LAKELAND, Fla. -- Justin Verlander put the best face on last spring when his streak of seven consecutive Opening Day starts ended in favor of then-teammate David Price.
"Hopefully at this time next year, we're talking about me having earned it and done all the things that I've worked so hard to do to get back to being that guy," Verlander said back then. "I'd rather be on the mound [Opening Day], but like I've said many times, I've got to earn it -- and I plan on doing that."
Weeks later, his triceps injury near the end of camp ruled him out not only for Opening Day, but the first two months of the season. His performance upon his return put him in position to reclaim the honor.
With Price now in Boston, the Tigers are Verlander's team to lead, even with Jordan Zimmermann on board. With Verlander's Spring Training complete, his pitches start to count Tuesday night at Miami.
He's already gearing up.
"You see a lot of guys in Spring Training when the season starts that adrenaline kicks in," Verlander said. "As long as my mechanics are good, I think last year I showed there was plenty in the tank."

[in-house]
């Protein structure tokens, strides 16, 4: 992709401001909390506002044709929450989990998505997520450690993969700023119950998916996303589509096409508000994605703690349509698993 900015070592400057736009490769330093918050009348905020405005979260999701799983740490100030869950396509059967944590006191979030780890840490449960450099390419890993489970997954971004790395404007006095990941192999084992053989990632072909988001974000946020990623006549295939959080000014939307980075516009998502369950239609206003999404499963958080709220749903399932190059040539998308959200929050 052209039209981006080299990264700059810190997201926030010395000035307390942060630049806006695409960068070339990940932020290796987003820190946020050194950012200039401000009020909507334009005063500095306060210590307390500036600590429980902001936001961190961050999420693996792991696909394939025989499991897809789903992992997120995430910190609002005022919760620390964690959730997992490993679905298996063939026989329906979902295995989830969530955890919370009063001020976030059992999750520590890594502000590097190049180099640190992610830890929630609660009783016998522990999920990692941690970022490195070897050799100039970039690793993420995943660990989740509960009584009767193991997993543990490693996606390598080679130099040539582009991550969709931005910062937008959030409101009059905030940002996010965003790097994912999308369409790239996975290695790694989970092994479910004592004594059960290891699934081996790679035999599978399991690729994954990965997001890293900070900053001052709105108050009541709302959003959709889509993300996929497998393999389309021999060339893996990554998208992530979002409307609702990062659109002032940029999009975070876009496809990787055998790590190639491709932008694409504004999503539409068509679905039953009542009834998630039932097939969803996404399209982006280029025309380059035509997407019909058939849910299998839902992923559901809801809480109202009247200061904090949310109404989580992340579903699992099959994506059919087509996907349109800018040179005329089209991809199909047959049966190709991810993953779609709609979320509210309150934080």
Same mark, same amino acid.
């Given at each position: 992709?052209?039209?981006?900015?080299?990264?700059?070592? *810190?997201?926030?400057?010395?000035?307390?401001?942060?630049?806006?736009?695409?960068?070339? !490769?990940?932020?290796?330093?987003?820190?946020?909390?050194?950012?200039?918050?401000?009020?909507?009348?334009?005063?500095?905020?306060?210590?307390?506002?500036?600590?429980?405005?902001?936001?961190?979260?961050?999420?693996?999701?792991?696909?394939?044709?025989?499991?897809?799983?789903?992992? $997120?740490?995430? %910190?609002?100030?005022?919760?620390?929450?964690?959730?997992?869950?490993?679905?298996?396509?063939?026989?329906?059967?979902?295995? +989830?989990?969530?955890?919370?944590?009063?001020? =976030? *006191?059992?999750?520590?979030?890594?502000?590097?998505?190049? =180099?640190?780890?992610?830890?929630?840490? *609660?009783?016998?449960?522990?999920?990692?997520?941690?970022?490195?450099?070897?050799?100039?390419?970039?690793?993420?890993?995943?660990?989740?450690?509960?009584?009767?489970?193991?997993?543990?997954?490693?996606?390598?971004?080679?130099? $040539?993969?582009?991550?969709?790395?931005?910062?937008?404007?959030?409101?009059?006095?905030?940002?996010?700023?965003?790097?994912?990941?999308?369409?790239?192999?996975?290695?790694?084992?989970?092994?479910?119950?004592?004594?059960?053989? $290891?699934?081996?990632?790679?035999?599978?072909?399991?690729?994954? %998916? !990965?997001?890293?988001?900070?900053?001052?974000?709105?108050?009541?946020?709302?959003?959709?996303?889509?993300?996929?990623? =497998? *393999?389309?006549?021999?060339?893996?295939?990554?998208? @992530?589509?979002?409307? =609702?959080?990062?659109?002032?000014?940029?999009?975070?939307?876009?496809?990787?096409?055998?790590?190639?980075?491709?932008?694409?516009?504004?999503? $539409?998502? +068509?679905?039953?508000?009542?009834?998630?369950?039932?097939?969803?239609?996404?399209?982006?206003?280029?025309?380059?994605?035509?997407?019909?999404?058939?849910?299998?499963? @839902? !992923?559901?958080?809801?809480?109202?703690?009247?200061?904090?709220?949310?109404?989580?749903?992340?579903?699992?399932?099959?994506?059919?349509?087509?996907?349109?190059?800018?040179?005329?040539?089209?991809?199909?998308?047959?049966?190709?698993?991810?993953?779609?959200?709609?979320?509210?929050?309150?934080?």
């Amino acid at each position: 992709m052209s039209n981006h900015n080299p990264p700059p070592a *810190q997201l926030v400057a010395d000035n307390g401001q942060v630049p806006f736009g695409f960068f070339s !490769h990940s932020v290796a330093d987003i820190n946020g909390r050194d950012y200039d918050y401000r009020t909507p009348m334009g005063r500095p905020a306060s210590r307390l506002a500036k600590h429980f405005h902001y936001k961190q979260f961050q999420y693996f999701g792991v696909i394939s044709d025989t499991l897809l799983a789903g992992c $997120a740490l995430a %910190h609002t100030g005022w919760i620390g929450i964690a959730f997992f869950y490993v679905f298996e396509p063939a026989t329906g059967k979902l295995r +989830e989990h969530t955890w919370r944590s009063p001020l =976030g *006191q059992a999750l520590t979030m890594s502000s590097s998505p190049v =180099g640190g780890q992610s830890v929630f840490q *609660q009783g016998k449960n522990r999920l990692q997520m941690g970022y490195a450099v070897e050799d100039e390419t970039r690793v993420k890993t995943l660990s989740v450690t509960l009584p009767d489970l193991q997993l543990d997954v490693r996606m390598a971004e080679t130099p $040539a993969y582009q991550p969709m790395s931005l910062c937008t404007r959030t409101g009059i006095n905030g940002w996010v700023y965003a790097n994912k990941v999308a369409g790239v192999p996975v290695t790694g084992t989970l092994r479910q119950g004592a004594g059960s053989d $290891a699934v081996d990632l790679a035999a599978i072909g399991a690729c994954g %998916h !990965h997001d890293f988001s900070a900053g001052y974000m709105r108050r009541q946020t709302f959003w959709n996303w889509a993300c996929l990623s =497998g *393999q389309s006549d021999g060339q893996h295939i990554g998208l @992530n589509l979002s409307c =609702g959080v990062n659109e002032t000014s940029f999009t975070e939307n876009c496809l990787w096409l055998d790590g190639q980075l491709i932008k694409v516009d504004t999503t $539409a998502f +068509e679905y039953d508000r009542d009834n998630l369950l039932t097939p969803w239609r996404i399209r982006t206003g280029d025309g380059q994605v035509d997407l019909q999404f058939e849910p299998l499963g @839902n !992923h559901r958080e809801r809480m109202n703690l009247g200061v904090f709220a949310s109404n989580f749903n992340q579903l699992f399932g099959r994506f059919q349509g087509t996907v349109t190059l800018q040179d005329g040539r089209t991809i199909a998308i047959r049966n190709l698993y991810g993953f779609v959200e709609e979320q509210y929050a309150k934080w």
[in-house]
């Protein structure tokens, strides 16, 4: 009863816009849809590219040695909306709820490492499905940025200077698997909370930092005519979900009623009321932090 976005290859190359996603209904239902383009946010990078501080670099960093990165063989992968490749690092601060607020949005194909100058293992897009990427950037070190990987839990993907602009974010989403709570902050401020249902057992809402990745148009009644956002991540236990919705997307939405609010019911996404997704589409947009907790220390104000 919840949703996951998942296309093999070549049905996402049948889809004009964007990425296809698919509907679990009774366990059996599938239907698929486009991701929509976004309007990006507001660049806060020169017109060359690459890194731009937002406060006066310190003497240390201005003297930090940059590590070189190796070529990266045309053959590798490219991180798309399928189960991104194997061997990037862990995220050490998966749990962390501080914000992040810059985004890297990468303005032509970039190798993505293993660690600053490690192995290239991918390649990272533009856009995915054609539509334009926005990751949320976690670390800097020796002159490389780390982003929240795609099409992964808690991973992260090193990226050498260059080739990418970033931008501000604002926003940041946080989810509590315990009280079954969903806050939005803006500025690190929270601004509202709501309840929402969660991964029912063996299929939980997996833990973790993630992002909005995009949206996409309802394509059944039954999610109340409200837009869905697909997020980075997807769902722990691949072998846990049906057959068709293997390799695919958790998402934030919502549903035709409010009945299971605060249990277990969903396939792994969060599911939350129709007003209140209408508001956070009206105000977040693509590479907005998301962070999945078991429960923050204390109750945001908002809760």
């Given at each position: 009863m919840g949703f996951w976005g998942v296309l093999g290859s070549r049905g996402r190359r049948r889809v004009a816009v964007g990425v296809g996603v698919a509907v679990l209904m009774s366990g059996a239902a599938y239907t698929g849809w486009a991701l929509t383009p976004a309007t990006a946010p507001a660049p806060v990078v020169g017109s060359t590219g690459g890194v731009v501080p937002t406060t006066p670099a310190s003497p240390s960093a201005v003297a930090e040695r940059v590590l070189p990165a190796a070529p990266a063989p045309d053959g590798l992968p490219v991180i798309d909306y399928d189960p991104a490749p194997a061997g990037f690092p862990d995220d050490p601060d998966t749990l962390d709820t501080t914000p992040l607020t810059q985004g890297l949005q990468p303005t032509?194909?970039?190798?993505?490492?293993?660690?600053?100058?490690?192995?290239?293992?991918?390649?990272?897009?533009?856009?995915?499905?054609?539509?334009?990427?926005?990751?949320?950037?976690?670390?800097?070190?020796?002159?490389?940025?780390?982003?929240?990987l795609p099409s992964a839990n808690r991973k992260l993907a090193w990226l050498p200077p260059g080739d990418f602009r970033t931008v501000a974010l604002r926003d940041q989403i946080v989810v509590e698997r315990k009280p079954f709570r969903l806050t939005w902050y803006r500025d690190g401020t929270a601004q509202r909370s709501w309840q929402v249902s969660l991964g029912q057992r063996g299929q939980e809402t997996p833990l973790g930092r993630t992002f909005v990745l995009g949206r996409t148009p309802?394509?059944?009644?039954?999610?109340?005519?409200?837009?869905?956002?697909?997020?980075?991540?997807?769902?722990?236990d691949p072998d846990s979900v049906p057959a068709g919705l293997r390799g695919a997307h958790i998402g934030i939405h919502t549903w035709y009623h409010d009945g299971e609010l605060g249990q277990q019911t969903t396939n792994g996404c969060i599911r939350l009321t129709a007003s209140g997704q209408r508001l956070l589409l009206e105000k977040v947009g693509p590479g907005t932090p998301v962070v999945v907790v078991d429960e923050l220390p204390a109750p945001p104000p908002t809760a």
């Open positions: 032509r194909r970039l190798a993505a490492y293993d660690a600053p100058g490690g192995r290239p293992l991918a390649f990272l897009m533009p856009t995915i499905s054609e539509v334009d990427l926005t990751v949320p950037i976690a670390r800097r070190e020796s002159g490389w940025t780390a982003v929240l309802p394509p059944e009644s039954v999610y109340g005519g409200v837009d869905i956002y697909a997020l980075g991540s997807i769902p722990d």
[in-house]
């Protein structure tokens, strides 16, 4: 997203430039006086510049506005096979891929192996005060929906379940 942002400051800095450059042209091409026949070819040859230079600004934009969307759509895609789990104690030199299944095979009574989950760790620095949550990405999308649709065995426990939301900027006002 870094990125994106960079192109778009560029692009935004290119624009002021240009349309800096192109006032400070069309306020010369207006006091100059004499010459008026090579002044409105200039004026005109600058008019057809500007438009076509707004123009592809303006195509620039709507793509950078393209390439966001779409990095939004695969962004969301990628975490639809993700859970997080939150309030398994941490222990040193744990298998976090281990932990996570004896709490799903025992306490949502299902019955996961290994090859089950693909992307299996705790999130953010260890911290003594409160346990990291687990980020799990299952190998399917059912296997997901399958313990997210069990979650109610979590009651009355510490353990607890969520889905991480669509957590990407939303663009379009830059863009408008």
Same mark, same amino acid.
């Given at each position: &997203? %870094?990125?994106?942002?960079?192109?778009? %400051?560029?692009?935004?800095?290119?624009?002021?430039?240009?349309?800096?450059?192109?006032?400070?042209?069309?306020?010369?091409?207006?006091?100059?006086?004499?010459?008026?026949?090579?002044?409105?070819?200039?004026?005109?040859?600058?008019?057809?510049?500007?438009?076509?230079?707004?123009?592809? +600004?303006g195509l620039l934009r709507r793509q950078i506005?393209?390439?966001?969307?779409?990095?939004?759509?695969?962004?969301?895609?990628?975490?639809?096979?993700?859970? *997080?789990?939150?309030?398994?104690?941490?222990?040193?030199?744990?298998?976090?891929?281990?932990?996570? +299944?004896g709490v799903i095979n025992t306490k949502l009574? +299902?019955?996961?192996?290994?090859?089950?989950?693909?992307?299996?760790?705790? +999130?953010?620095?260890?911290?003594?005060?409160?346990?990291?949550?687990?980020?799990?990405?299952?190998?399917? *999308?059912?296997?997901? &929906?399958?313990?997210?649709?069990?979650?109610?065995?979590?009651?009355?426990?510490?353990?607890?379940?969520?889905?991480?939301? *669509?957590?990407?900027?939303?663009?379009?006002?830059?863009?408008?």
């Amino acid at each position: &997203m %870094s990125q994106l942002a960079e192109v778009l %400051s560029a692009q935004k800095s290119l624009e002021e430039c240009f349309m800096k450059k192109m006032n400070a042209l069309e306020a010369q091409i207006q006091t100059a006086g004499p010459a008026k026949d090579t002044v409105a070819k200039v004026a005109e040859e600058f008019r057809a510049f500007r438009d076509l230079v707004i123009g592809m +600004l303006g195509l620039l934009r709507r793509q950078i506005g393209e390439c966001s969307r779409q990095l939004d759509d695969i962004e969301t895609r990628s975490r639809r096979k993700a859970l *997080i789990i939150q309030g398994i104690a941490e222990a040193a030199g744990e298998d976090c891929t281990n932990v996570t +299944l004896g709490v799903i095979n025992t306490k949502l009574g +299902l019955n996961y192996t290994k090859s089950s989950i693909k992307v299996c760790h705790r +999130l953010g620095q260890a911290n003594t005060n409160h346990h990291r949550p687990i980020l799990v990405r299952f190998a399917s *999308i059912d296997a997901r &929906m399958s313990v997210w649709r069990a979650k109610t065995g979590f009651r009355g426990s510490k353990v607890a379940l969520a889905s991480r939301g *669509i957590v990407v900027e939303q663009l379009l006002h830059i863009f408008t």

The Tigers didn't have many bright spots down the stretch last year on their way to a last-place finish, but Verlander was at the top. After a half-dozen starts worth of inconsistent performances upon returning from the disabled list, Verlander posted a 2.27 ERA and allowed a .207 batting average over his final 14 starts, surrendering 74 hits over 99 1/3 innings. His 5-5 record that stretch was partly the result of run support, with the Tigers scoring two runs or less in seven of the 14 starts.
It was a closing kick without benefit. He began his roll with back-to-back eight-inning, one-run gems -- a no-decision in a 2-1 loss at Boston on July 24, and a 2-1 win at Tampa Bay July 29. Just as the latter raised hopes that Verlander and Price could help lead the Tigers back to contention, then-general manager Dave Dombrowski confirmed moments after the victory that the Tigers would be sellers at the deadline. Less than 24 hours later, Price was a Toronto Blue Jay.
The Tigers have a fresh start, but they need Verlander to pick up where he left off.
Jason Beck is a reporter for MLB.com. Read Beck's Blog, follow him on Twitter @beckjason and listen to his podcast. This story was not subject to the approval of Major League Baseball or its clubs.